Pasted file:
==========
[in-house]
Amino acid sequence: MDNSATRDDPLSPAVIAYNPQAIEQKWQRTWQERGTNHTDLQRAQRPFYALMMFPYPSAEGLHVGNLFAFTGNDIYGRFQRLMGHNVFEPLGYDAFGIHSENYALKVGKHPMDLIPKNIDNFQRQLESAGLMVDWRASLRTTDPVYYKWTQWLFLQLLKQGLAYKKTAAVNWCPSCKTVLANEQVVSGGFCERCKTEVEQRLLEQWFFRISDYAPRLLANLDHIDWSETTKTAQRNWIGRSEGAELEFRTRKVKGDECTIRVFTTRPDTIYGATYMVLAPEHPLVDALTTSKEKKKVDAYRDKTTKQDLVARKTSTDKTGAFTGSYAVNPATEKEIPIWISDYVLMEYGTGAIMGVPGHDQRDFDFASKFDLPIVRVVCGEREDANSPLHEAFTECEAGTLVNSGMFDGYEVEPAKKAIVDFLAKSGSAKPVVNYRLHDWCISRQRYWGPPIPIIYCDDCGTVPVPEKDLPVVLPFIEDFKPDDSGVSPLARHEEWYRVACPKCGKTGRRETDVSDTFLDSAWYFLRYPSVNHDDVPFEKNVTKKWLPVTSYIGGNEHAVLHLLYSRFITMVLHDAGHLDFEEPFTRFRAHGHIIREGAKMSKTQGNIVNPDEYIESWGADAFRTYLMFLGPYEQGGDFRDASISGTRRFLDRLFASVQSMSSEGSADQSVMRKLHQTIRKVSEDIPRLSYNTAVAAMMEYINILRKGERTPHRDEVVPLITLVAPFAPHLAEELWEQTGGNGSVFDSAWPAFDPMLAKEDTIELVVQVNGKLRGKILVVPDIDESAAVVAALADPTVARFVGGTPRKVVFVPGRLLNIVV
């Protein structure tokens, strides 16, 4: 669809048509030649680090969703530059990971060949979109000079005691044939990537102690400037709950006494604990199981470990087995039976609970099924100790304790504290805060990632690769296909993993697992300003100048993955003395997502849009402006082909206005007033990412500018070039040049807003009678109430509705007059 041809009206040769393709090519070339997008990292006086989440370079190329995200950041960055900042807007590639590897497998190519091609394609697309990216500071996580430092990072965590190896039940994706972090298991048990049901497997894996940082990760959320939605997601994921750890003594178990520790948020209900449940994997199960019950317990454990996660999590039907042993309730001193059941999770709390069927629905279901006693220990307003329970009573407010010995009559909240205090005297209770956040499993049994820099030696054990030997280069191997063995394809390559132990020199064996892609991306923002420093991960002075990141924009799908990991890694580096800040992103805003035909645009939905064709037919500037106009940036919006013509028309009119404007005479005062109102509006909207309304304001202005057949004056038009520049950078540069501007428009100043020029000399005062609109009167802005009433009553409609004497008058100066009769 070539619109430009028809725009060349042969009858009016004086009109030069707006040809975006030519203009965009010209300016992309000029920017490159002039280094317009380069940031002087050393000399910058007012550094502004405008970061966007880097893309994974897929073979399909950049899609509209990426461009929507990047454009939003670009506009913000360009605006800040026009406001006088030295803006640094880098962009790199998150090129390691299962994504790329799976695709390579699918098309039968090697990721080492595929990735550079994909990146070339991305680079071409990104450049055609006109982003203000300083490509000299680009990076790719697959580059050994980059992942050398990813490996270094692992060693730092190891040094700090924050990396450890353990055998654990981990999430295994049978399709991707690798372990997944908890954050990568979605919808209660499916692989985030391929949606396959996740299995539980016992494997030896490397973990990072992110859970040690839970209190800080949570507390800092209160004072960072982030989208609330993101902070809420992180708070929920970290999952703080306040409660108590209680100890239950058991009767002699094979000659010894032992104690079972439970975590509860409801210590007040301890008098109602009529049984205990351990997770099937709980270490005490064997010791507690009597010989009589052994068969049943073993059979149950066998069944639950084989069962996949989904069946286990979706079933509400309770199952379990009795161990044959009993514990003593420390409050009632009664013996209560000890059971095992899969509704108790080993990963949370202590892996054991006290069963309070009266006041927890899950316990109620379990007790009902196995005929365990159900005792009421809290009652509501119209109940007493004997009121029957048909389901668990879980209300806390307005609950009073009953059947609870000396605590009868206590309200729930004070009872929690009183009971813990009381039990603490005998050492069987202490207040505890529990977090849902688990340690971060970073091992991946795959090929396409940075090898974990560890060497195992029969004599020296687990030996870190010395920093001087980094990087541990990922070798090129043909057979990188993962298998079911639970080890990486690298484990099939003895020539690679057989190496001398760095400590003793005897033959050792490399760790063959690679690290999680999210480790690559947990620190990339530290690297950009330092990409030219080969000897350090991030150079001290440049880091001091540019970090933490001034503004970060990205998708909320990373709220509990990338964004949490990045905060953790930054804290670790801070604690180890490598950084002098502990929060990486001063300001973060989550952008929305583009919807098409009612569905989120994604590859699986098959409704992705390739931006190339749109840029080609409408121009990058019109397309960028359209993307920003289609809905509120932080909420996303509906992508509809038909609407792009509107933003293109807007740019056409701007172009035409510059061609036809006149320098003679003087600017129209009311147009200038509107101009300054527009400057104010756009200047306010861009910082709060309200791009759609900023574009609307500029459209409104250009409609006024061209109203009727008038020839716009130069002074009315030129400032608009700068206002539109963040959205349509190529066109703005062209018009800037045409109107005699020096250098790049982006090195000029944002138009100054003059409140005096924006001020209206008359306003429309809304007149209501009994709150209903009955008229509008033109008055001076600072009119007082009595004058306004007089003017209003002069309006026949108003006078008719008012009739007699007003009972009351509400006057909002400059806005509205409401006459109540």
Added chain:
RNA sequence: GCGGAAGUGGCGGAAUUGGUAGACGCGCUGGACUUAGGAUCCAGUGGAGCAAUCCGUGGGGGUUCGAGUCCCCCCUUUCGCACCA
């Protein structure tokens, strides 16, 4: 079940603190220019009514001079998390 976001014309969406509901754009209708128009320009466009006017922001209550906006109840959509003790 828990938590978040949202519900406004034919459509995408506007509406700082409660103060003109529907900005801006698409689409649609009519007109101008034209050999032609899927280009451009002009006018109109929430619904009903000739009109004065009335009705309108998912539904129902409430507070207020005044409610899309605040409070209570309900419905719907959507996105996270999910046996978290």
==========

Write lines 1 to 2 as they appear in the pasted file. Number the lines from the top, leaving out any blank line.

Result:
[in-house]
Amino acid sequence: MDNSATRDDPLSPAVIAYNPQAIEQKWQRTWQERGTNHTDLQRAQRPFYALMMFPYPSAEGLHVGNLFAFTGNDIYGRFQRLMGHNVFEPLGYDAFGIHSENYALKVGKHPMDLIPKNIDNFQRQLESAGLMVDWRASLRTTDPVYYKWTQWLFLQLLKQGLAYKKTAAVNWCPSCKTVLANEQVVSGGFCERCKTEVEQRLLEQWFFRISDYAPRLLANLDHIDWSETTKTAQRNWIGRSEGAELEFRTRKVKGDECTIRVFTTRPDTIYGATYMVLAPEHPLVDALTTSKEKKKVDAYRDKTTKQDLVARKTSTDKTGAFTGSYAVNPATEKEIPIWISDYVLMEYGTGAIMGVPGHDQRDFDFASKFDLPIVRVVCGEREDANSPLHEAFTECEAGTLVNSGMFDGYEVEPAKKAIVDFLAKSGSAKPVVNYRLHDWCISRQRYWGPPIPIIYCDDCGTVPVPEKDLPVVLPFIEDFKPDDSGVSPLARHEEWYRVACPKCGKTGRRETDVSDTFLDSAWYFLRYPSVNHDDVPFEKNVTKKWLPVTSYIGGNEHAVLHLLYSRFITMVLHDAGHLDFEEPFTRFRAHGHIIREGAKMSKTQGNIVNPDEYIESWGADAFRTYLMFLGPYEQGGDFRDASISGTRRFLDRLFASVQSMSSEGSADQSVMRKLHQTIRKVSEDIPRLSYNTAVAAMMEYINILRKGERTPHRDEVVPLITLVAPFAPHLAEELWEQTGGNGSVFDSAWPAFDPMLAKEDTIELVVQVNGKLRGKILVVPDIDESAAVVAALADPTVARFVGGTPRKVVFVPGRLLNIVV